CUSTOMERS' OPERATIONS CENTER with Resilience Suite powered by Komunidad. — KOMUNIDAD.GLOBAL

By Miguel Hanz L. Antivola, Reporter

EFFECTIVE disaster management requires access to real-time data and a swift means of disseminating critical information — a realization that entrepreneur Felix R. Ayque had in the aftermath of Super Typhoon Yolanda, which wreaked havoc in Eastern Visayas in 2013.

Fast forward to 2021, and that realization turned into a solution called Komunidad, a software-as-a-service company specializing in weather and environmental intelligence services.

With Komunidad’s resilience suite, businesses and government units can tap into real-time climate data and localized early warnings. This data and analytics software equips them with the tools to monitor and anticipate climate-related risks and natural hazards, from typhoons to heatwaves, according to the company.

The mission was clear: to confront the challenges posed by climate change head-on, armed with actionable data, Mr. Ayque, founder and chief executive officer of Komunidad, said in an interview with BusinessWorld.

Situated in the Pacific Ring of Fire, the Philippines faces a multitude of natural hazards.

“If you are in the Philippines, you would focus on climate resilience in day-to-day operations like typhoons and flooding,” said Mr. Ayque, an information technology developer who has worked with various weather agencies.

“It could also be for long-term reporting purposes, client risk assessment, power demand forecasting, physical risk assessments, and even sustainability reporting,” he added, highlighting various industry use cases.

“For us, it’s mostly about using what is needed and what is best available.”

For the government, support for communities is crucial as only a small portion, or 36%, of Filipino households are fully prepared for natural disasters, according to a 2017 study by the Harvard Humanitarian Initiative.

Mr. Ayque also noted that providing social impact lies at the core of Komunidad, which is reflected in its name — mapping out resilience with adaptation and mitigation through technology.

Komunidad leverages sophisticated technology, including artificial intelligence, as a backend solution to deliver information through simpler channels like predictive alert text messages.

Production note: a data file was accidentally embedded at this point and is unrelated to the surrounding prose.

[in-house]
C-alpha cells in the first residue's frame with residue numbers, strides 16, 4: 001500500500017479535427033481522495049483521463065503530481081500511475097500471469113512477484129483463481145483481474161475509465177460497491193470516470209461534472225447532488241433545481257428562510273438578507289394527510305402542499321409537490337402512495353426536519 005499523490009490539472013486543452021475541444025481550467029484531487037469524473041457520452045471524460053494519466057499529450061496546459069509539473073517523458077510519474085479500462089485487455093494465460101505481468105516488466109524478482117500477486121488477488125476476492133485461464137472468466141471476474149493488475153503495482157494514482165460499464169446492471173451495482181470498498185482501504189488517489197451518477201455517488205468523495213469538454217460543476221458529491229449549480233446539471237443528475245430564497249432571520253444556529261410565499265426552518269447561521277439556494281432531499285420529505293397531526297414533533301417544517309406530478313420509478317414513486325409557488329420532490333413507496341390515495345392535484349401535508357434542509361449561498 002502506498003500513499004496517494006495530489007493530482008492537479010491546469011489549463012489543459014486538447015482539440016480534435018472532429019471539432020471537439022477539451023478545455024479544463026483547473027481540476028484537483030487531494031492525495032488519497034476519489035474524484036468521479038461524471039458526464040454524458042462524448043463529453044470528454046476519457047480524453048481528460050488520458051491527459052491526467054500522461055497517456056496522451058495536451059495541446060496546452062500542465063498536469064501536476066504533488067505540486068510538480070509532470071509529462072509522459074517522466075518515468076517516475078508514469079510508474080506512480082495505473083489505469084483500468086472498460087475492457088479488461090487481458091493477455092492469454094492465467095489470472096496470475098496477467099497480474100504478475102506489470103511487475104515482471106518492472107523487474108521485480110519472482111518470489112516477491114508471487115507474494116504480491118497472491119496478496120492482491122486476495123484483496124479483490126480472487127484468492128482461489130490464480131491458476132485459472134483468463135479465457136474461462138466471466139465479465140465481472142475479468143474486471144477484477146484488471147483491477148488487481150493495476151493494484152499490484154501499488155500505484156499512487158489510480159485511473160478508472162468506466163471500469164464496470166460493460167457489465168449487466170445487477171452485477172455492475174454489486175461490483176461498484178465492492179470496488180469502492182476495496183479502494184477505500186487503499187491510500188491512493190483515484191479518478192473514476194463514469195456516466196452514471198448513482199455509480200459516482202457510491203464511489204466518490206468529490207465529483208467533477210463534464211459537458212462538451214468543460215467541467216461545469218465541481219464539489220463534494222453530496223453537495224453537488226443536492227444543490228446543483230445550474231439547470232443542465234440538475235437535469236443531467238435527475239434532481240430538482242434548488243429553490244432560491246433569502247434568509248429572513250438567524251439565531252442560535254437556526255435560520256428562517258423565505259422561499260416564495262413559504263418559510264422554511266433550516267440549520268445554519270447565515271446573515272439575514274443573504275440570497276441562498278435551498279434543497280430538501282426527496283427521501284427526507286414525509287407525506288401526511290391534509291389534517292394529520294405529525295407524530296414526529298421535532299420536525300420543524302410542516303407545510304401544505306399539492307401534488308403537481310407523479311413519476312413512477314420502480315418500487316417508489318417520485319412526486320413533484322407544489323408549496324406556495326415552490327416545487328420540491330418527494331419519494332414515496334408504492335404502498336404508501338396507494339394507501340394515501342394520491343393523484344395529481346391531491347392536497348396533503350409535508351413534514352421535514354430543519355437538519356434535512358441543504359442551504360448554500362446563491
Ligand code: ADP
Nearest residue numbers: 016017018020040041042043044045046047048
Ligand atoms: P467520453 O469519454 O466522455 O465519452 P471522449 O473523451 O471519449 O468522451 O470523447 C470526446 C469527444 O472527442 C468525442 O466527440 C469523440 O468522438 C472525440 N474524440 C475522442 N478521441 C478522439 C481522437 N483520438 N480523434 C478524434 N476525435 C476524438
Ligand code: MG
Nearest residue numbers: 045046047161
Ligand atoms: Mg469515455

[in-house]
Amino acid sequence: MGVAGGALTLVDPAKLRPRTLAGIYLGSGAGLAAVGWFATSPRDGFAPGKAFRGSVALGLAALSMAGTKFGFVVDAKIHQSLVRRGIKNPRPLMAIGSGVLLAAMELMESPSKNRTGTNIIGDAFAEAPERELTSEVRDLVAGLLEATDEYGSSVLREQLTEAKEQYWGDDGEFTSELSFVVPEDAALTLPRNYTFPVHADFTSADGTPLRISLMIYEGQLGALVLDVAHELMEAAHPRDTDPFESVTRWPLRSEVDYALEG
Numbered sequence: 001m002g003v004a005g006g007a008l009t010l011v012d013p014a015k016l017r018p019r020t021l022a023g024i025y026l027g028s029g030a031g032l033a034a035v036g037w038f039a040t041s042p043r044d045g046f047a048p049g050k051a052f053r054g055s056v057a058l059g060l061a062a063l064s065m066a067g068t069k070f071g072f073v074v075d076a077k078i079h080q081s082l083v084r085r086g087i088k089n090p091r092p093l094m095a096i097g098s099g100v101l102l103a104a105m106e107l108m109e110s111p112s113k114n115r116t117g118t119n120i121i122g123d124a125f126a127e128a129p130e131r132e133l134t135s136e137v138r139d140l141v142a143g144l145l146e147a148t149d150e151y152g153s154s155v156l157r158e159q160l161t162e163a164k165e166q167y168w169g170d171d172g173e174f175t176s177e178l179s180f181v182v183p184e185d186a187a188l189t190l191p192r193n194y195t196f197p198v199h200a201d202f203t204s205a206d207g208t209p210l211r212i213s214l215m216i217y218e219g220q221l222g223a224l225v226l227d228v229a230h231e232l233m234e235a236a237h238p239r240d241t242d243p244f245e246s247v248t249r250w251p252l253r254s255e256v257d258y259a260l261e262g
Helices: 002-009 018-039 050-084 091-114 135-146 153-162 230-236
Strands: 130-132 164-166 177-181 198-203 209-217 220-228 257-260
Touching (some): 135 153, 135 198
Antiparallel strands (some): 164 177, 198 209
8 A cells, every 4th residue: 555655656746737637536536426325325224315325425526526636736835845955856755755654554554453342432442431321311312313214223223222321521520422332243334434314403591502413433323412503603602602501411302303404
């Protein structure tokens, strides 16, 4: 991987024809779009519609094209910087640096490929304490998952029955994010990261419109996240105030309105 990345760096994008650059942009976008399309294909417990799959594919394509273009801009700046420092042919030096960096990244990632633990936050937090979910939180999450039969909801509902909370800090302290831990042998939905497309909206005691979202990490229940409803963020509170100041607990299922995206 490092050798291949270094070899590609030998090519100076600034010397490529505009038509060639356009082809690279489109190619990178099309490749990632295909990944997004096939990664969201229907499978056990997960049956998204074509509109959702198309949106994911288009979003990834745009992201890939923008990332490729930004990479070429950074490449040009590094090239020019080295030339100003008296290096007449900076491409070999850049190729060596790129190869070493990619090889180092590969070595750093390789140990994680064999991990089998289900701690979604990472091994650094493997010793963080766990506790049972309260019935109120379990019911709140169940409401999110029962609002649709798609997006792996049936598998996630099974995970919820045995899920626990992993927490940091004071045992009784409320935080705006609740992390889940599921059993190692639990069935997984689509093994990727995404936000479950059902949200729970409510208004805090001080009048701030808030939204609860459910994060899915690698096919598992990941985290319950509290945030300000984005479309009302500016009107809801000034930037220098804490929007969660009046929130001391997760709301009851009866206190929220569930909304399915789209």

This approach ensures that critical climate data reaches a diverse audience, including farmers and fisherfolk, empowering them to make informed decisions in the face of environmental challenges, according to Mr. Ayque.

As the sole player in an emerging market, the company faces unique challenges, he also said.

“We believe that we already have enough data to become climate resilient, but using that data is the issue — we are not connected,” he said.

“We have a lot of bureaucracy in terms of connecting that data; there is no agency bridging the gaps,” he added.

The situation highlights the pressing need for efficient data management and sharing mechanisms. To achieve this, Mr. Ayque calls for collaboration between the government and the private sector.

“This is how we see the collaboration: governments improve the science and invest in infrastructure, but the private sector tailors solutions to industries, individuals, or whoever would benefit from it,” Mr. Ayque said.

Recognizing that the ability to withstand natural disasters is a unique strength of Filipinos, Mr. Ayque saw an opportunity to export this talent.

“We believe that this is the best export of Filipino talent, being climate resilient,” he said. “We believe that we are the best to tell the world that we know all these things.”

The company has established an office in Singapore, strategically positioning itself to tap into the global market. It also plans to expand in Europe.

Presently, the company serves 24,000 villages in India and supports 1,500 farmers in Cambodia. “With that reach, we are very happy that it came naturally to us,” Mr. Ayque said.

Mr. Ayque also expressed optimism in the mainstream adoption of the climate tech market, bringing the hopeful trademark of the Filipino to the world at large.

“Having more players market even in this industry is better for the planet and for the world,” he said on embracing competition, overcoming climate vulnerabilities, and fueling public environmental consciousness.